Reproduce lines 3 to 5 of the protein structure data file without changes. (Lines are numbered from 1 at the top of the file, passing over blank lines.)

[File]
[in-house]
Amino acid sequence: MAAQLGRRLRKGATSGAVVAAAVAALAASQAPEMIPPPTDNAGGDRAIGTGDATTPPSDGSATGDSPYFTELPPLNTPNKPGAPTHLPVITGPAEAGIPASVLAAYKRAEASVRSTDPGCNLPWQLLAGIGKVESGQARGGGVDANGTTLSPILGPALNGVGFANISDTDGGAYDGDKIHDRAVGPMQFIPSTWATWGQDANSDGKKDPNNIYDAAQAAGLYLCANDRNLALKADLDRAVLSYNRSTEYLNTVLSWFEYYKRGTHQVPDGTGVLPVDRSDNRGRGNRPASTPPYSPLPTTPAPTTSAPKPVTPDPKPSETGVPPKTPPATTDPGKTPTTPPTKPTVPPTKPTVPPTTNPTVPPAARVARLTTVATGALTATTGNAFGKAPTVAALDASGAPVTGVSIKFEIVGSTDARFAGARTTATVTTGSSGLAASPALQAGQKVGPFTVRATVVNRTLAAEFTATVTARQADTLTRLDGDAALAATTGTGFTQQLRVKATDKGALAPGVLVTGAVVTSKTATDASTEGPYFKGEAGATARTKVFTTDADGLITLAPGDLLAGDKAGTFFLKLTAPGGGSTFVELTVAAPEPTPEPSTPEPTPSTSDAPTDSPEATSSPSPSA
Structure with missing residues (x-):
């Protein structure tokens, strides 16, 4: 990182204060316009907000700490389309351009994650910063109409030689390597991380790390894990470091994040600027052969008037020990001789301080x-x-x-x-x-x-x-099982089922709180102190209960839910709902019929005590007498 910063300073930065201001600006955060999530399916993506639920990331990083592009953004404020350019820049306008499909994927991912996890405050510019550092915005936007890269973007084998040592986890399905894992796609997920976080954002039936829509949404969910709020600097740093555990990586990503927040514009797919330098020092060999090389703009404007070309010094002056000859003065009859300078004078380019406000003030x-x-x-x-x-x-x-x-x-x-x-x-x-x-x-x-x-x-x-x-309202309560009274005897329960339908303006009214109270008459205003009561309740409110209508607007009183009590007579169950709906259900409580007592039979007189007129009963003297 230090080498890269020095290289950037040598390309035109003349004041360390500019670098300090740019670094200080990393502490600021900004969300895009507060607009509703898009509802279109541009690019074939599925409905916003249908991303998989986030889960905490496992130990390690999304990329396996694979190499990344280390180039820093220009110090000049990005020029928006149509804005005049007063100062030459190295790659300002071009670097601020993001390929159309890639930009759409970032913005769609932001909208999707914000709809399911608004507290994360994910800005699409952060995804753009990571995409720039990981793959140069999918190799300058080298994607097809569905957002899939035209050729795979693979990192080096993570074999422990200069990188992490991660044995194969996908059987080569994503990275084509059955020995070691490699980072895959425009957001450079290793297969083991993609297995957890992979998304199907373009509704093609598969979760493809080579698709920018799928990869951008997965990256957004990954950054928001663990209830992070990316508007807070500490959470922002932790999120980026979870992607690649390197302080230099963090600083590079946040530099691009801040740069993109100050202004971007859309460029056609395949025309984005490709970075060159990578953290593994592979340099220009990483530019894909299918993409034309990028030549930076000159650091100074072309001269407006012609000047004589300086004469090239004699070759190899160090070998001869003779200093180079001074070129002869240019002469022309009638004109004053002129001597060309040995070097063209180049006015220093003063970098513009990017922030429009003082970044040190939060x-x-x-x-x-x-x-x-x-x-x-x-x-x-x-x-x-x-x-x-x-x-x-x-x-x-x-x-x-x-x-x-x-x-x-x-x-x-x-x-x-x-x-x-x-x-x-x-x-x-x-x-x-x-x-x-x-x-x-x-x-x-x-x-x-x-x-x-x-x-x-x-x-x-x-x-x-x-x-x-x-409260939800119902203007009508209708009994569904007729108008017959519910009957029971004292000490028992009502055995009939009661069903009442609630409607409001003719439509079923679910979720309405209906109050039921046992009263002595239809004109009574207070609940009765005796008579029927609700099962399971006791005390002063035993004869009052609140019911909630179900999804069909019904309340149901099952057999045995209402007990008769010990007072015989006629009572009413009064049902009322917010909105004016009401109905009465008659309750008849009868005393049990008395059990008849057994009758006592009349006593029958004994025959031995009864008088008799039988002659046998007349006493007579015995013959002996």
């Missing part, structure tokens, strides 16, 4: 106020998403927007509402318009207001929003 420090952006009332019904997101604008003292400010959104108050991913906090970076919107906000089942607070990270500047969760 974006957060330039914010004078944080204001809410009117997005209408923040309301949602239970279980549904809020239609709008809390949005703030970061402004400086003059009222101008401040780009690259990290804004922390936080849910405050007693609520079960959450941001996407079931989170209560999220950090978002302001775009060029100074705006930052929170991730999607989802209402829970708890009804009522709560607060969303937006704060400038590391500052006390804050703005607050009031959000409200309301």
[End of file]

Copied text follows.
Structure with missing residues (x-):
């Protein structure tokens, strides 16, 4: 990182204060316009907000700490389309351009994650910063109409030689390597991380790390894990470091994040600027052969008037020990001789301080x-x-x-x-x-x-x-099982089922709180102190209960839910709902019929005590007498 910063300073930065201001600006955060999530399916993506639920990331990083592009953004404020350019820049306008499909994927991912996890405050510019550092915005936007890269973007084998040592986890399905894992796609997920976080954002039936829509949404969910709020600097740093555990990586990503927040514009797919330098020092060999090389703009404007070309010094002056000859003065009859300078004078380019406000003030x-x-x-x-x-x-x-x-x-x-x-x-x-x-x-x-x-x-x-x-309202309560009274005897329960339908303006009214109270008459205003009561309740409110209508607007009183009590007579169950709906259900409580007592039979007189007129009963003297 230090080498890269020095290289950037040598390309035109003349004041360390500019670098300090740019670094200080990393502490600021900004969300895009507060607009509703898009509802279109541009690019074939599925409905916003249908991303998989986030889960905490496992130990390690999304990329396996694979190499990344280390180039820093220009110090000049990005020029928006149509804005005049007063100062030459190295790659300002071009670097601020993001390929159309890639930009759409970032913005769609932001909208999707914000709809399911608004507290994360994910800005699409952060995804753009990571995409720039990981793959140069999918190799300058080298994607097809569905957002899939035209050729795979693979990192080096993570074999422990200069990188992490991660044995194969996908059987080569994503990275084509059955020995070691490699980072895959425009957001450079290793297969083991993609297995957890992979998304199907373009509704093609598969979760493809080579698709920018799928990869951008997965990256957004990954950054928001663990209830992070990316508007807070500490959470922002932790999120980026979870992607690649390197302080230099963090600083590079946040530099691009801040740069993109100050202004971007859309460029056609395949025309984005490709970075060159990578953290593994592979340099220009990483530019894909299918993409034309990028030549930076000159650091100074072309001269407006012609000047004589300086004469090239004699070759190899160090070998001869003779200093180079001074070129002869240019002469022309009638004109004053002129001597060309040995070097063209180049006015220093003063970098513009990017922030429009003082970044040190939060x-x-x-x-x-x-x-x-x-x-x-x-x-x-x-x-x-x-x-x-x-x-x-x-x-x-x-x-x-x-x-x-x-x-x-x-x-x-x-x-x-x-x-x-x-x-x-x-x-x-x-x-x-x-x-x-x-x-x-x-x-x-x-x-x-x-x-x-x-x-x-x-x-x-x-x-x-x-x-x-x-409260939800119902203007009508209708009994569904007729108008017959519910009957029971004292000490028992009502055995009939009661069903009442609630409607409001003719439509079923679910979720309405209906109050039921046992009263002595239809004109009574207070609940009765005796008579029927609700099962399971006791005390002063035993004869009052609140019911909630179900999804069909019904309340149901099952057999045995209402007990008769010990007072015989006629009572009413009064049902009322917010909105004016009401109905009465008659309750008849009868005393049990008395059990008849057994009758006592009349006593029958004994025959031995009864008088008799039988002659046998007349006493007579015995013959002996």
């Missing part, structure tokens, strides 16, 4: 106020998403927007509402318009207001929003 420090952006009332019904997101604008003292400010959104108050991913906090970076919107906000089942607070990270500047969760 974006957060330039914010004078944080204001809410009117997005209408923040309301949602239970279980549904809020239609709008809390949005703030970061402004400086003059009222101008401040780009690259990290804004922390936080849910405050007693609520079960959450941001996407079931989170209560999220950090978002302001775009060029100074705006930052929170991730999607989802209402829970708890009804009522709560607060969303937006704060400038590391500052006390804050703005607050009031959000409200309301």